Homebuilders applaud ANSI approval of green standard

The American National Standards Institute has approved the homebuilders’ National Green Building Standard for all residential construction work, including single-family homes, apartments and condos, land development and remodeling and renovation.

WASHINGTON — The American National Standards Institute has approved the homebuilders’ National Green Building Standard for all residential construction work, including single-family homes, apartments and condos, land development and remodeling and renovation.

The approval signals a new era for the nation’s builders, remodelers and developers and also provides an extra measure of reassurance for home buyers, said Joe Robson, a home builder in Tulsa, Okla., and chairman of the National Association of Home Builders.

“The National Green Building Standard is now the first and only green building rating system approved by ANSI, making it the benchmark for green homes,” said Ron Jones, who chaired the consensus committee charged with developing the standard.

“The standard provides homebuilders and remodelers with a much more expansive third-party rating system that they can use to achieve green certification under NAHBGreen and the National Green Building Certification Program,” said Mike Luzier, CEO of the NAHB Research Center.

The Research Center provides certification for NAHBGreen projects, which until now have only included single-family homes.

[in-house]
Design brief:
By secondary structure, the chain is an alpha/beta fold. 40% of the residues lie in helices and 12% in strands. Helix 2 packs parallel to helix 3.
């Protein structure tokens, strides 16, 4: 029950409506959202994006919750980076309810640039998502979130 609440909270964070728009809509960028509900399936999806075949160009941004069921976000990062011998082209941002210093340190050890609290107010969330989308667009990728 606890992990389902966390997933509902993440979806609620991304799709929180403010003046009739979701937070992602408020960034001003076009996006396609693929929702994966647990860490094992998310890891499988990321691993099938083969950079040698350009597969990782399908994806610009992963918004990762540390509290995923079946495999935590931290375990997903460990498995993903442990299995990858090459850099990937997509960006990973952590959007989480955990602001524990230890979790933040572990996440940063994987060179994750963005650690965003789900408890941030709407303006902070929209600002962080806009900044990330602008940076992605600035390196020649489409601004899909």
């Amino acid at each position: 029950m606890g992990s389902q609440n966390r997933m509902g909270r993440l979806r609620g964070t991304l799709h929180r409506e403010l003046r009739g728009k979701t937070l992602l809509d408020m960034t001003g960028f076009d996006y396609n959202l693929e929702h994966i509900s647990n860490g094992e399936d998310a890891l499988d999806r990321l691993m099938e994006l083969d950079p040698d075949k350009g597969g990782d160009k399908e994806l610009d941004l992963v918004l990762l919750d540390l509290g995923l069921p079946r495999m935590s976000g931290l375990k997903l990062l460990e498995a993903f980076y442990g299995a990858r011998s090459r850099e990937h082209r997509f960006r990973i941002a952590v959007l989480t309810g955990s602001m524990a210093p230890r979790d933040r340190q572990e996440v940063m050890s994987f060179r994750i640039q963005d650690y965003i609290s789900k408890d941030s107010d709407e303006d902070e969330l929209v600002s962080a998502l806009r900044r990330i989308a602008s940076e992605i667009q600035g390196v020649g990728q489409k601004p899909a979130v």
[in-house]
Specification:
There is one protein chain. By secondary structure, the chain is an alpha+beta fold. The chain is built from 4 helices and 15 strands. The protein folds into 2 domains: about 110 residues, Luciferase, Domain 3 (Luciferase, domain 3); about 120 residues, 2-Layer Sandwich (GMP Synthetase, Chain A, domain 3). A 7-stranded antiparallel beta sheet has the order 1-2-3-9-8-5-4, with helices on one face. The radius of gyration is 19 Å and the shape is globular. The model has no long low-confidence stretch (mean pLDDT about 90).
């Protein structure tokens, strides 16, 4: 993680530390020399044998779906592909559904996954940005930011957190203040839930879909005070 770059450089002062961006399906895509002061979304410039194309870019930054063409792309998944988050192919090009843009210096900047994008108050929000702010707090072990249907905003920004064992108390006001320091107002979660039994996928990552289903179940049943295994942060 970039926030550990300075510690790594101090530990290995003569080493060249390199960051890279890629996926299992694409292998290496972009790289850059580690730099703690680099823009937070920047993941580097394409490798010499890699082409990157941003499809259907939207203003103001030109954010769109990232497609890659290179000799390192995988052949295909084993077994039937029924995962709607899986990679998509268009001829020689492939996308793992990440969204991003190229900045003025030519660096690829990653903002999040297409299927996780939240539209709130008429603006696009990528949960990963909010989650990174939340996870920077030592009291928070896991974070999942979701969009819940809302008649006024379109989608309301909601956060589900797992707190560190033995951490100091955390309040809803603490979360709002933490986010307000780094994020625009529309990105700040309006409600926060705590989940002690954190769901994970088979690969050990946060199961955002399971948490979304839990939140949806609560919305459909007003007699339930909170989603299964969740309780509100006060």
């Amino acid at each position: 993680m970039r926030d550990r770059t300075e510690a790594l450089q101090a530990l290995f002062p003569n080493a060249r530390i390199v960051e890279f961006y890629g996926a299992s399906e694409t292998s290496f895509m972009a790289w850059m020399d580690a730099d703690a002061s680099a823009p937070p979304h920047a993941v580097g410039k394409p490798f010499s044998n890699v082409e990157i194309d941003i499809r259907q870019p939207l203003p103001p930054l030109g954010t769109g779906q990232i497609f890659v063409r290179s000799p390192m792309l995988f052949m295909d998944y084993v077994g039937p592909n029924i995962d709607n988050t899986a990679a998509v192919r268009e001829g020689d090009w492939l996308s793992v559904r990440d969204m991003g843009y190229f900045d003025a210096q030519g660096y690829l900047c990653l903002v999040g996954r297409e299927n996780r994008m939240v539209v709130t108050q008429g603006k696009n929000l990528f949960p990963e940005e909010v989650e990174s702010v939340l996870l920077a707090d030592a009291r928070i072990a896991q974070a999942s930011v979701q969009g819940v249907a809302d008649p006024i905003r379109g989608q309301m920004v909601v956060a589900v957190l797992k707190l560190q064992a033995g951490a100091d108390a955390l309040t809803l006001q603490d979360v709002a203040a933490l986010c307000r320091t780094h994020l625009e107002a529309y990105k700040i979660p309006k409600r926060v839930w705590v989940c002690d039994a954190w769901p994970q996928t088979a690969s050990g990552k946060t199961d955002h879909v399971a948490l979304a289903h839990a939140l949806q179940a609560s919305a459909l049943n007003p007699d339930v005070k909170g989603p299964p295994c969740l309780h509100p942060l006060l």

“Consumers are looking for authentic, verifiable green building practices, and now they’ll find them with a true industry consensus standard for residential green building,” Luzier said.

The standard defines what green practices can be incorporated into residential development and construction and how homeowners can operate and maintain their green homes.

The National Green Building Standard also provides for flexibility, allowing builders and home buyers to make green choices based on climate and geography as well as style preferences and budget.

As part of the process required by ANSI, NAHB and the International Code Council gathered an inclusive and representative consensus committee composed of builders, architects, product manufacturers, regulators and environmental experts. The work of the consensus committee was administered by the NAHB Research Center, an ANSI Accredited Standards Developer.

The consensus committee deliberated the content of the standard for more than a year, held four public hearings and evaluated more than 2,000 public comments in the development of the standard.

TAGS: Remodeling